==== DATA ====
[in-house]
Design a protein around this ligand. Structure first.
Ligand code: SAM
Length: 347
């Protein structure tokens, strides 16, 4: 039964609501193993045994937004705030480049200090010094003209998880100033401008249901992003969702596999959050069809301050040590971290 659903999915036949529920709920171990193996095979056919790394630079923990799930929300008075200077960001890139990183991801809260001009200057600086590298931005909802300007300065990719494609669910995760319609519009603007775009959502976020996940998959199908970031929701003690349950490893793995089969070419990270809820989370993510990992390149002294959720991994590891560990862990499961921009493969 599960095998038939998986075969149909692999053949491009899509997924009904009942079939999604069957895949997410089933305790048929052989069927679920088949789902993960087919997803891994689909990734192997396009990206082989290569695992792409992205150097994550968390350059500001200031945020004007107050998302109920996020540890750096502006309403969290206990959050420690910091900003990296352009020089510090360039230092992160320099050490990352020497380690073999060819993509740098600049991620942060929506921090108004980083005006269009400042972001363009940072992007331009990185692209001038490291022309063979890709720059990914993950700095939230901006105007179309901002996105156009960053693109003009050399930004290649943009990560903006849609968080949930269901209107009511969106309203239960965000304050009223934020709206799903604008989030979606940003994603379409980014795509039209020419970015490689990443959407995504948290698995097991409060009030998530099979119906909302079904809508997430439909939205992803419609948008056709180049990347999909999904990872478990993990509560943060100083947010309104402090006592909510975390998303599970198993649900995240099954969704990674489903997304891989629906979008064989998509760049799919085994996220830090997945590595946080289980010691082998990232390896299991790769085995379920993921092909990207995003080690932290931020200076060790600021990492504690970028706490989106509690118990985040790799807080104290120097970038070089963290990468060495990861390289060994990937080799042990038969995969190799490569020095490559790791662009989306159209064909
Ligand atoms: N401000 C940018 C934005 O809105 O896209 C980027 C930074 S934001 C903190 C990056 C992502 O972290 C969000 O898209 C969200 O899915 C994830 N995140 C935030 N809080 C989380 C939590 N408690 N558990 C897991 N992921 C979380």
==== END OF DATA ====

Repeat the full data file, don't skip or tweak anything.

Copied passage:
[in-house]
Design a protein around this ligand. Structure first.
Ligand code: SAM
Length: 347
């Protein structure tokens, strides 16, 4: 039964609501193993045994937004705030480049200090010094003209998880100033401008249901992003969702596999959050069809301050040590971290 659903999915036949529920709920171990193996095979056919790394630079923990799930929300008075200077960001890139990183991801809260001009200057600086590298931005909802300007300065990719494609669910995760319609519009603007775009959502976020996940998959199908970031929701003690349950490893793995089969070419990270809820989370993510990992390149002294959720991994590891560990862990499961921009493969 599960095998038939998986075969149909692999053949491009899509997924009904009942079939999604069957895949997410089933305790048929052989069927679920088949789902993960087919997803891994689909990734192997396009990206082989290569695992792409992205150097994550968390350059500001200031945020004007107050998302109920996020540890750096502006309403969290206990959050420690910091900003990296352009020089510090360039230092992160320099050490990352020497380690073999060819993509740098600049991620942060929506921090108004980083005006269009400042972001363009940072992007331009990185692209001038490291022309063979890709720059990914993950700095939230901006105007179309901002996105156009960053693109003009050399930004290649943009990560903006849609968080949930269901209107009511969106309203239960965000304050009223934020709206799903604008989030979606940003994603379409980014795509039209020419970015490689990443959407995504948290698995097991409060009030998530099979119906909302079904809508997430439909939205992803419609948008056709180049990347999909999904990872478990993990509560943060100083947010309104402090006592909510975390998303599970198993649900995240099954969704990674489903997304891989629906979008064989998509760049799919085994996220830090997945590595946080289980010691082998990232390896299991790769085995379920993921092909990207995003080690932290931020200076060790600021990492504690970028706490989106509690118990985040790799807080104290120097970038070089963290990468060495990861390289060994990937080799042990038969995969190799490569020095490559790791662009989306159209064909
Ligand atoms: N401000 C940018 C934005 O809105 O896209 C980027 C930074 S934001 C903190 C990056 C992502 O972290 C969000 O898209 C969200 O899915 C994830 N995140 C935030 N809080 C989380 C939590 N408690 N558990 C897991 N992921 C979380």